The rest of what I read was mostly fantasy or science fiction. Some fluff, but some other things that take a bit more processing. On the fluffier side, Genevieve Cogman’s Invisible Library books are a lot of fun, for instance.

On the “more processing” side though, Becky Chambers’ two novels (The Long Way to a Small, Angry Planet and A Closed and Common Orbit) are really good. The first book feels very much to me as being about “found family”, an idea I like a lot.

Emma Newman has written two “hard-ish” science fiction novels set in the same universe, Planetfall and After Atlas, plus a series of stories (Split Worlds) that might at first glance look like fluff, faeries and Regency manners and such silliness. As you get into them, they’re anything but fluff, and work as a sort of eerie psychological horror. As well as the four existing novels (one more to come, I think), there’s a sequence of short stories set in this world that you can get sent by email, one per week. I’m on about number seven or eight now, and some of them are downright disturbing. As for the science fiction novels, Planetfall took me a little while to get into (I had a lot of other books lined up to read!), but once it got going, it was hard to put down. The protagonist is very damaged, hiding herself from herself as well as the others in the community where she lives. The sequence where her secrets are uncovered is extremely uncomfortable to read, and is one of the better depictions of obsession and mental illness that I’ve read. I found After Atlas to be less good, but that may just be because Planetfall set the bar unreasonably high.

And then, and then! There’s N. K. Jemisin. I read the second book of her Broken Earth trilogy (the last book is due out this year, and will be one of the publishing events of the year as far as I’m concerned). There is so much to say about these books. Go and read them. I might re-read them later in the year when the third book is out and write a proper review. But just go and read them, OK? Regrets, you will have none. (And if you like them, read the Dreamblood books too.)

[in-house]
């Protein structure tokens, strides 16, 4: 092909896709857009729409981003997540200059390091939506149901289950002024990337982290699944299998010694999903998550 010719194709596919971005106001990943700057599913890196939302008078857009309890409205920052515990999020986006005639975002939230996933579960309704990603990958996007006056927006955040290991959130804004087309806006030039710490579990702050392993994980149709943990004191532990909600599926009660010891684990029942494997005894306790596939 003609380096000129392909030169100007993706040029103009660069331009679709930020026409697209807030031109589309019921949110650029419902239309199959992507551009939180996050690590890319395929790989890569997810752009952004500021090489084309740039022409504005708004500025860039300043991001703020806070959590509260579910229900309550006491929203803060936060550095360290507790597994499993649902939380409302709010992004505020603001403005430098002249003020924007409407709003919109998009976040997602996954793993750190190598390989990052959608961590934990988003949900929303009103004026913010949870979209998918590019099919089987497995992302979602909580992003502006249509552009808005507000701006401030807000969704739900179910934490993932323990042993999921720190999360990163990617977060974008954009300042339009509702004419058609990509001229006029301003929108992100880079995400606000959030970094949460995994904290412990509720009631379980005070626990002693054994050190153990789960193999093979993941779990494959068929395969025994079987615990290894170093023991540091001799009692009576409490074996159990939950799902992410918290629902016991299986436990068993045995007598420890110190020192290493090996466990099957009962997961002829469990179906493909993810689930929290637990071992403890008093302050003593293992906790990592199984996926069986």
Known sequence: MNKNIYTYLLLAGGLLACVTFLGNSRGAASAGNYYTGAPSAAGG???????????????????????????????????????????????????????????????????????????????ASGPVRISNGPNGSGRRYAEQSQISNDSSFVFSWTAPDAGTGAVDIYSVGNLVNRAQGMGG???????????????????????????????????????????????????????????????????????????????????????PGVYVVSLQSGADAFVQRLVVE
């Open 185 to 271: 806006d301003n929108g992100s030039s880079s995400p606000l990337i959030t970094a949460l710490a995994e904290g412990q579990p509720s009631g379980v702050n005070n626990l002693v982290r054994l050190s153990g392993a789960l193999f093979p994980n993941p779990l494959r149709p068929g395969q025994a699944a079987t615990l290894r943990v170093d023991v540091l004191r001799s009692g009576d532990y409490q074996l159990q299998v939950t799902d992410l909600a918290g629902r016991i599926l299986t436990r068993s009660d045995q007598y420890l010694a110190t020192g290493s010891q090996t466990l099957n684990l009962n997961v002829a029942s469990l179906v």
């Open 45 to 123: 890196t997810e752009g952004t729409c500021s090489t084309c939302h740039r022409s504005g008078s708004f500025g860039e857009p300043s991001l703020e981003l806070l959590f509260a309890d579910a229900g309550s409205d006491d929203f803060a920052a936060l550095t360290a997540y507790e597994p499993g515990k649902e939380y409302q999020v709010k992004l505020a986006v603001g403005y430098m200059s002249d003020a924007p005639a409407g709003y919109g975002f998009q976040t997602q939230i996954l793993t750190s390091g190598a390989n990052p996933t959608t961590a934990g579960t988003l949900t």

Speaking of publishing events for 2017, the absolute top of the list for me is Winter Tide by Ruthanna Emrys, which comes out some time in the spring. If you’ve read any (or a lot of) H. P. Lovecraft and have always been suspicious of dear Howard’s horrifying racism and sexism, and have been led to wonder what else he got wrong by looking through his twisted little lens of bigotry, read Emrys’s short story The Litany of Earth, which is a sort of prologue to Winter Tide.

Oh, and in the same vein, you could do worse than have a read of Kij Johnson’s The Dream-Quest of Vellitt Boe, another “reimagining” of Lovecraft. (And then read her short stories collected in At the Mouth of the River of Bees, especially Names for Water, which might have brought a little tear to my eye when I read it…).

So, a successful experiment? Oh yeah. Why had I not read any of these things before? I could blame Amazon’s recommendation engine, but I think it mostly just comes down to habit and laziness. This was a really good way to bump me out of that.

Setting up dual boot Arch Linux/Windows 10

I had to do a slightly weird bit of system admin recently, and there was one step that was kind of sneaky and not something I’d seen mentioned anywhere else. So I thought I’d better write it up…

What I wanted to do was make my desktop machine dual boot Arch Linux and Windows 10 (I needed Windows to use some CAD software). That’s not so unusual, but the recommended procedure seems to be to start from a clean machine, install Windows, then install Linux. I was starting from a pre-existing Arch Linux installation and didn’t want to lose anything. I also had things set up using syslinux in BIOS mode, which wasn’t going to work with Windows. So I needed to switch to UEFI booting first.

New Job with Memcachier

I’ve just finished my first week in a new job, which is looking like it’s going to be a lot of fun. I’m working for MemCachier, a small company (I’m employee #4) that offers a multi-tenant cloud-based memcache service. The code is mostly Haskell and Go (and maybe in the future some Rust), the people are all very smart and friendly and committed to trying to do things the right way. I’m still (obviously, after one week) in that initial state of confusion when dropping into a new codebase, but it looks very promising indeed.